“If a man is tired of London, he is tired of life.” -Samuel Johnson
There are no better words to describe the city of London. The buildings, the history, and most importantly, the people are what makes this city incredibly unique.
I left America a week ago, and I’ve never been more scared in my life. I, who have never traveled anywhere (especially outside of the United States) packed up my bags to travel over 4,000 miles away with a group of complete strangers. On the 8 hour flight from Chicago to London, I kept asking myself “What if I don’t like it here?” and “What if I don’t have what it takes to be this far away from my family?”
I’m here to tell you that if you decide to study abroad, you will forget these things the second you step out of Heathrow Airport. London is so vast and bustling, you don’t even have time to think about missing home, because you’re too busy trying to capture each moment in your mind so you can replay it over and over.
My first night in London, I went on a walk down Oxford Street. I didn’t know this at the time, being new to London, but Oxford Street is one of the busiest streets in the city, especially at the time we went. Soon enough, our group of seven inevitably got split up. There were five girls in the other group, and another girl and I were lost in London by ourselves. At any other time in my life, I would have been completely terrified; but that day, I was utterly calm. Luckily, there are plenty of maps at every corner in the city, and you can find your way home easily. Unfortunately for us, we only knew the name of the street our hotel was on (make sure you memorize the hotel address ladies and gents), so we were still walking for around an hour before we finally found ourselves back in the lobby. While this was very time-consuming and did make our feet hurt quite a bit, taking the “scenic route” was one of my best experiences in London, simply because we took in so much culture that we wouldn’t have experienced if we hadn’t have gotten lost.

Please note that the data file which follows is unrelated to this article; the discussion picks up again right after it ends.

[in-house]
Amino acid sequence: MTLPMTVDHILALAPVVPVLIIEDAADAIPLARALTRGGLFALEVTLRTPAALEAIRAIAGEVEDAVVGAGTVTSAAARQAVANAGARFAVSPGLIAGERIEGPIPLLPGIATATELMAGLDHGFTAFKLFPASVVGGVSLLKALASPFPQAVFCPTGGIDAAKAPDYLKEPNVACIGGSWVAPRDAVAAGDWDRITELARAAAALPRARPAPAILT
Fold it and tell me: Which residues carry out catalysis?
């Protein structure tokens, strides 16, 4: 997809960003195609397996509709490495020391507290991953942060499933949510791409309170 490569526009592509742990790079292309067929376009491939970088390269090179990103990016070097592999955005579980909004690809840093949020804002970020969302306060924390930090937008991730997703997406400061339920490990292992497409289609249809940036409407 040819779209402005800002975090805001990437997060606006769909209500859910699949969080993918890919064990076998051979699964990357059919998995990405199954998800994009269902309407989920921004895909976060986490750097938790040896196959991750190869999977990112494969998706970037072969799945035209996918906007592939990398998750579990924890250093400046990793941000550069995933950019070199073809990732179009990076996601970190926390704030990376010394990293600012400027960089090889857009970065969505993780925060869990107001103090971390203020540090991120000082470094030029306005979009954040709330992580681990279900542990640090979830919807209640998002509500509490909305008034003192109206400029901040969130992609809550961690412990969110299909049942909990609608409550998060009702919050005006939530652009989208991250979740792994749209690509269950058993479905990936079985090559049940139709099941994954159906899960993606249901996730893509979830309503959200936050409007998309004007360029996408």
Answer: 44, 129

The next day, we began our course (which is brilliant) and took a sightseeing tour of London. As for the next six days, if I wrote about everything that happened, this post would be much too long. I’ll simply tell you about my favorites.
One night, we decided to watch the World Cup football game against Uruguay. We jumped on the Tube (the subway system running through London) and got off on the first stop that sounded good to us. We found a perfect pub a short walk away from the station, and watched the game there. Unfortunately, England lost, but seeing the local people watching a game they love and how they reacted to it was a great experience.
I also climbed 528 steps to the very top of St. Paul’s Cathedral, saw a performance of the musical “Wicked”, found platform 9 and 3/4 at King’s Cross Station (that’s for all my Harry Potter fans out there), and ate my weight in fish and chips.
Not all of these things were done with the group; and to be honest, a lot of them were done on a whim. To me, though, the things we did spontaneously were the memories that I know I’ll remember for the rest of my life. So, if you want my advice on things to do in London, I’ll leave you with this: eat the food, interact with the people, get hopelessly lost, and simply enjoy your time in the best city in the world. I know I did!
P.S. I’m on the multi-country European Art and Architecture trip, so I’ll be going to multiple cities and blogging about each one. Hopefully you’ll be back to read more. Next stop: Amsterdam!